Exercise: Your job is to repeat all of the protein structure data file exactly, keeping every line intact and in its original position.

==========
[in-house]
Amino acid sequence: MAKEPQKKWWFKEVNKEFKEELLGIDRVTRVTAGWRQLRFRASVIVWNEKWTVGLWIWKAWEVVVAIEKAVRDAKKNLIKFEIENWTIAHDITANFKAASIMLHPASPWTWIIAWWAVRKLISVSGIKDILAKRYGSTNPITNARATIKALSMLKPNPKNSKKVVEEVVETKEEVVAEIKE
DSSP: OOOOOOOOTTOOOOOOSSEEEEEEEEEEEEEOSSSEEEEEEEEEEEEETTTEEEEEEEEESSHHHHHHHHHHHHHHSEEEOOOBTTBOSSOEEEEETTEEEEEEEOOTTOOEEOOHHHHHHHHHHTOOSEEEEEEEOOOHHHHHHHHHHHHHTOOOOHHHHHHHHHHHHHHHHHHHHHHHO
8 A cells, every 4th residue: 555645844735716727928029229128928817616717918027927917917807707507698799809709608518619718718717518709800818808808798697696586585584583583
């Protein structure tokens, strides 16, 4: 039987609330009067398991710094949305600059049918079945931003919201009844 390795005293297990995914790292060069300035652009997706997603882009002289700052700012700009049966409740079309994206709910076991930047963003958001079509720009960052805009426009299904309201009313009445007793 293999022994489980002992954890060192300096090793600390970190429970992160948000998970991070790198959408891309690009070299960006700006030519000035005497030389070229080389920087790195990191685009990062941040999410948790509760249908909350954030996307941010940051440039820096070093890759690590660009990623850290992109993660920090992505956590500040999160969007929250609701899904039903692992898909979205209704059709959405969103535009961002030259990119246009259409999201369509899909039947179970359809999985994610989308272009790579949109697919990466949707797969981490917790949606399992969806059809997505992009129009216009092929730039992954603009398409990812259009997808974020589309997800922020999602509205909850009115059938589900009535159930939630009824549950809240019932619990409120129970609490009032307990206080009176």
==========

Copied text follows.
[in-house]
Amino acid sequence: MAKEPQKKWWFKEVNKEFKEELLGIDRVTRVTAGWRQLRFRASVIVWNEKWTVGLWIWKAWEVVVAIEKAVRDAKKNLIKFEIENWTIAHDITANFKAASIMLHPASPWTWIIAWWAVRKLISVSGIKDILAKRYGSTNPITNARATIKALSMLKPNPKNSKKVVEEVVETKEEVVAEIKE
DSSP: OOOOOOOOTTOOOOOOSSEEEEEEEEEEEEEOSSSEEEEEEEEEEEEETTTEEEEEEEEESSHHHHHHHHHHHHHHSEEEOOOBTTBOSSOEEEEETTEEEEEEEOOTTOOEEOOHHHHHHHHHHTOOSEEEEEEEOOOHHHHHHHHHHHHHTOOOOHHHHHHHHHHHHHHHHHHHHHHHO
8 A cells, every 4th residue: 555645844735716727928029229128928817616717918027927917917807707507698799809709608518619718718717518709800818808808798697696586585584583583
């Protein structure tokens, strides 16, 4: 039987609330009067398991710094949305600059049918079945931003919201009844 390795005293297990995914790292060069300035652009997706997603882009002289700052700012700009049966409740079309994206709910076991930047963003958001079509720009960052805009426009299904309201009313009445007793 293999022994489980002992954890060192300096090793600390970190429970992160948000998970991070790198959408891309690009070299960006700006030519000035005497030389070229080389920087790195990191685009990062941040999410948790509760249908909350954030996307941010940051440039820096070093890759690590660009990623850290992109993660920090992505956590500040999160969007929250609701899904039903692992898909979205209704059709959405969103535009961002030259990119246009259409999201369509899909039947179970359809999985994610989308272009790579949109697919990466949707797969981490917790949606399992969806059809997505992009129009216009092929730039992954603009398409990812259009997808974020589309997800922020999602509205909850009115059938589900009535159930939630009824549950809240019932619990409120129970609490009032307990206080009176």